Path to St. Peter ad Vincula Part VII – E

Path to St. Peter ad Vincula Part VII – E

Although as Queen, Anne expected strict moral behavior from her women and was well known for performing charitable works — even making garments for the poor herself, she could never overcome the reputation of a calculating flirt.

Anne played the game.  She became the “finished coquette, playing fast and loose, hot and cold, as Henry appeared more or less urgent and enamored.”  She also encouraged the addresses of Wyatt and “inflamed Henry’s passions to the height of jealous fury” (Herbert, Henry 340).  Anne was indeed playing with fire as most of her contemporaries would not have appreciated nor accepted the idea of a young, unmarried girl flirting with married men.  She was tarnishing her reputation to such a degree that in 1536 it was easy for most people to accept her guilty of the licentious behavior she was accused of committing.  Many never questioned it because she had spent her formative years in France and everyone knew what had happened there. When she was “sent to France; where also she behav’d her self so licentiously, that she was vulgarly call’d the Hackney of England, till being adopted to that Kings Familiarity, she was termed his mule” (Herbert, Edward 286-287).

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Anne Boleyn

Upon her return from France, Lord Percy expressed an interest in Anne “but Misstris Bolen, whether she were ignorant, as yet, how much the King loved her, or howsoever had rather be that Lords Wife, than a Kings Misstris, took very ill of the Cardinal this his unreasonable Interruption of her Marriage” (Herbert, Edward 286).  Therefore, Anne was all set to marry Henry Percy but for the intervention of Cardinal Wolsey whom she never did forget nor forgive.

Why would she not have preferred to be the wife of Lord Percy or any other gentlemen rather than the King’s mistress? This blogger must concede that from the time period in which she lived, Anne relinquishing her honor to Henry before their marriage would have been viewed as wanton. Even her Protestant supporters would have been shocked by her behavior.  We can surmise that Anne did not spend six years balancing the King’s passion for her with her chastity to casually surrender one of her most valuable assets.  She has been defended that “up to this time, Anne’s conduct was irreproachable, and it is unmanly, as well as unjust, to attribute baseness, where no baseness is shown” (Herbert, Henry 338). Both she and Henry had to have been pretty certain that his divorce from Katherine was imminent before they committed to a physical relationship.  This action though would taint her image and encourage gossip.

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Henry Percy, 6th Earl of Northumberland

Carlo Capello, the Venetian Ambassador to England, wrote to his superiors a description of Anne Boleyn in late October of 1532, close to the time Henry and Anne’s relationship changed.  “Madam Anne is not one of the handsomest women in the world; she is of middling stature, swarthy complexion, long neck, wide mouth, bosom not much raised, and in fact has nothing but the English King’s great appetite, and her eyes, which are black and beautiful” (Brown IV 824).  Lancelot de Carle, later the Bishop of Riez, said Anne’s eyes were her most attractive feature “always most attractive which she knew well now to use with effect.  Sometimes leaving them at rest and at others, sending a message to carry the secret witness of the heart.  And, truth to tell, such was their power that many surrendered to their obedience” (Riehl 24).  Modern language would refer to her as having star-power or charisma  which was unsettling to people and affected her reputation. Even one of her greatest distracters acknowledged that she was “amusing in her ways” (Sander 25). Nothing less would have kept a man like Henry enthralled and enamored with only her eyes to credit for it.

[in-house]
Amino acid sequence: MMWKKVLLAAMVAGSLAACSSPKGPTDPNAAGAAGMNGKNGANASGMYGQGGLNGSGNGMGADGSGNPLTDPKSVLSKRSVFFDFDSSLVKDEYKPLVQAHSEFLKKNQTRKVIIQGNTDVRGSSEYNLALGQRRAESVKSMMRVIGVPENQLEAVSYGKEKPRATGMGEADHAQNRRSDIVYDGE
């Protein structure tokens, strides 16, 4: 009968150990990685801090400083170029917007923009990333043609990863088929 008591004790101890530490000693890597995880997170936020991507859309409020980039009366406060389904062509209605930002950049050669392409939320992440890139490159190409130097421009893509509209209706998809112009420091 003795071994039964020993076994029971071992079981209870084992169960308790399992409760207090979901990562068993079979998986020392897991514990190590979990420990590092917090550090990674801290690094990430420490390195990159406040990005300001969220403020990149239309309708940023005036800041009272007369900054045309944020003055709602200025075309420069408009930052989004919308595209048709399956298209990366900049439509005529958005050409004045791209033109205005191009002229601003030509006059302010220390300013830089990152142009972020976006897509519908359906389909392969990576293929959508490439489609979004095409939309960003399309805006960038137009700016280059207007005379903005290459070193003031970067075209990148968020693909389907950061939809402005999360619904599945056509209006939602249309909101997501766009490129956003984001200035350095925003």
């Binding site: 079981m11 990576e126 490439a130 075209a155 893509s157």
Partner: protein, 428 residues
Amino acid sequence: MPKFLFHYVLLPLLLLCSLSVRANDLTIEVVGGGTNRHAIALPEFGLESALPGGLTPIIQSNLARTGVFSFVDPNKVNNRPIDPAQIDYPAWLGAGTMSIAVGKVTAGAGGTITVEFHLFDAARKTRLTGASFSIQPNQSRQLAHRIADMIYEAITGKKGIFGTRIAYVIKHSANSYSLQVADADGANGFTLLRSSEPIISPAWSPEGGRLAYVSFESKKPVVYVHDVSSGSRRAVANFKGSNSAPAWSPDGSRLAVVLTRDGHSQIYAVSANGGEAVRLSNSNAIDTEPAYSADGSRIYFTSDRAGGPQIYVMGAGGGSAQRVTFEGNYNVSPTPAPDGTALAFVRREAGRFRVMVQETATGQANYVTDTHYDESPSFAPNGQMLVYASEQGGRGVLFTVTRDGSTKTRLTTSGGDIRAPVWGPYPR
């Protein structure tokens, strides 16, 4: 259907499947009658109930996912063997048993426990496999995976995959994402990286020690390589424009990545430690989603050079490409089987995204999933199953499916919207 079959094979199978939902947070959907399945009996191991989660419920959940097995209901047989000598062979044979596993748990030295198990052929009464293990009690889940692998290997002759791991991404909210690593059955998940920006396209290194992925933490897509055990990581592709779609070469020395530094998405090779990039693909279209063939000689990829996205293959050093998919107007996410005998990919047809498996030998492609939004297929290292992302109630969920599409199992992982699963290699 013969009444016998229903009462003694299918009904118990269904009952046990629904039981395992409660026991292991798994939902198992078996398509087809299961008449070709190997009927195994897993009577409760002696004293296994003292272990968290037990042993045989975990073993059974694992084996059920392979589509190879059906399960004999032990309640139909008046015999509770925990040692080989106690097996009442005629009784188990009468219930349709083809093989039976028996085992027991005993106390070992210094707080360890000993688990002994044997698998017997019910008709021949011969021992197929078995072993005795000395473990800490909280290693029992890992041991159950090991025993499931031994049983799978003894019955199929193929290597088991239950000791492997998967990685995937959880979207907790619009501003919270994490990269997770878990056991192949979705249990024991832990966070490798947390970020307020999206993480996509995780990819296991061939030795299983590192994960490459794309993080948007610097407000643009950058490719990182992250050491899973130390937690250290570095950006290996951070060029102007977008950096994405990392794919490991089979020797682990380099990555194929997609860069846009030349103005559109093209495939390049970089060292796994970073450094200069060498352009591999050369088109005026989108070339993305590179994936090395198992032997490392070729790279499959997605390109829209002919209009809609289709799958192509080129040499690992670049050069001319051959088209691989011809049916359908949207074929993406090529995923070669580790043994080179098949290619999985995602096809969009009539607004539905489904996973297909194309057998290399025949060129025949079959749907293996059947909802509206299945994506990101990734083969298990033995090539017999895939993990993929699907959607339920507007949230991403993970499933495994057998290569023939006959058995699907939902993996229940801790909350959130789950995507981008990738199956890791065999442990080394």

Anne certainly knew how to make the most of herself.  “She was the model and the mirror of those who were at court, for she was always well dressed, and every day made some change in the fashion of her garments” (Sander 25).  Anne played “well on the lute, and was a good dancer” (Sander 25). Yet, were these talents enough?  Harpsfield questioned how Henry could put aside the virtuous Katharine “for such an incestuous woman, being in all other qualities beside so far inferior to her, as she was in very chastity itself” (Harpsfield 255).  Once again, we are back to the issue of Anne’s reputation.  When the charges against Anne were brought forward, many courtiers who had responded with ‘obedience’ to the pull of her personality needed to justify their actions.  Thus, witchcraft, dishonesty and duplicity were brought forward as rationales.

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Recently confirmed portrait of Anne Boleyn, Royal Collection Archives
http://www.arthistorynews.com/articles/894_Anne_Boleyn_regains_her_head